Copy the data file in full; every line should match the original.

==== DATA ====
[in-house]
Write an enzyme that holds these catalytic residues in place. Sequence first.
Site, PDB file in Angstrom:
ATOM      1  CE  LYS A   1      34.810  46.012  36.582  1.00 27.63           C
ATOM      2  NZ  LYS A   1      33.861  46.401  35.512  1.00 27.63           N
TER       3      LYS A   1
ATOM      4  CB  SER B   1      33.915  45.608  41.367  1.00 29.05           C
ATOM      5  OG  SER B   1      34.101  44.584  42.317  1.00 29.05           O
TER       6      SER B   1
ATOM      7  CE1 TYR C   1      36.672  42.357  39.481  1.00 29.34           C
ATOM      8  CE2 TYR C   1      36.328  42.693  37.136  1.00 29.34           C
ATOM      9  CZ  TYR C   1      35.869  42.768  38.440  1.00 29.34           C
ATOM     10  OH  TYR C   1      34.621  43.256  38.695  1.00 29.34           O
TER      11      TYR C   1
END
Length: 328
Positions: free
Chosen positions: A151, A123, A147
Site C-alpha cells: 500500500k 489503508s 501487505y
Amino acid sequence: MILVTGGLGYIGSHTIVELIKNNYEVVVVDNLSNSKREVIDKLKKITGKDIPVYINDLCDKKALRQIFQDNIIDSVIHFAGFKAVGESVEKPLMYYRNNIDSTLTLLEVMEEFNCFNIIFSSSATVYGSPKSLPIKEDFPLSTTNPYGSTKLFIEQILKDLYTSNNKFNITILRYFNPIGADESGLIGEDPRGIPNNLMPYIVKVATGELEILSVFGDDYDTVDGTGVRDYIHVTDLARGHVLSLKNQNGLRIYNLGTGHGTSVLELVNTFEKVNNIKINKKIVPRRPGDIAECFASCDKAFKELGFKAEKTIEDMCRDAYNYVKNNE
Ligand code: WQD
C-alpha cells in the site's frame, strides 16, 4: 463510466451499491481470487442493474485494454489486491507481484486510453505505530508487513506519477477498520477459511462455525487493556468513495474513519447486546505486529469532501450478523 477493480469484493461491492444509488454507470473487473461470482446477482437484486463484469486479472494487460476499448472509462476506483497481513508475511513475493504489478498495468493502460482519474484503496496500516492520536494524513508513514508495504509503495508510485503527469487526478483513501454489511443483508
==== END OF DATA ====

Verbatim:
[in-house]
Write an enzyme that holds these catalytic residues in place. Sequence first.
Site, PDB file in Angstrom:
ATOM      1  CE  LYS A   1      34.810  46.012  36.582  1.00 27.63           C
ATOM      2  NZ  LYS A   1      33.861  46.401  35.512  1.00 27.63           N
TER       3      LYS A   1
ATOM      4  CB  SER B   1      33.915  45.608  41.367  1.00 29.05           C
ATOM      5  OG  SER B   1      34.101  44.584  42.317  1.00 29.05           O
TER       6      SER B   1
ATOM      7  CE1 TYR C   1      36.672  42.357  39.481  1.00 29.34           C
ATOM      8  CE2 TYR C   1      36.328  42.693  37.136  1.00 29.34           C
ATOM      9  CZ  TYR C   1      35.869  42.768  38.440  1.00 29.34           C
ATOM     10  OH  TYR C   1      34.621  43.256  38.695  1.00 29.34           O
TER      11      TYR C   1
END
Length: 328
Positions: free
Chosen positions: A151, A123, A147
Site C-alpha cells: 500500500k 489503508s 501487505y
Amino acid sequence: MILVTGGLGYIGSHTIVELIKNNYEVVVVDNLSNSKREVIDKLKKITGKDIPVYINDLCDKKALRQIFQDNIIDSVIHFAGFKAVGESVEKPLMYYRNNIDSTLTLLEVMEEFNCFNIIFSSSATVYGSPKSLPIKEDFPLSTTNPYGSTKLFIEQILKDLYTSNNKFNITILRYFNPIGADESGLIGEDPRGIPNNLMPYIVKVATGELEILSVFGDDYDTVDGTGVRDYIHVTDLARGHVLSLKNQNGLRIYNLGTGHGTSVLELVNTFEKVNNIKINKKIVPRRPGDIAECFASCDKAFKELGFKAEKTIEDMCRDAYNYVKNNE
Ligand code: WQD
C-alpha cells in the site's frame, strides 16, 4: 463510466451499491481470487442493474485494454489486491507481484486510453505505530508487513506519477477498520477459511462455525487493556468513495474513519447486546505486529469532501450478523 477493480469484493461491492444509488454507470473487473461470482446477482437484486463484469486479472494487460476499448472509462476506483497481513508475511513475493504489478498495468493502460482519474484503496496500516492520536494524513508513514508495504509503495508510485503527469487526478483513501454489511443483508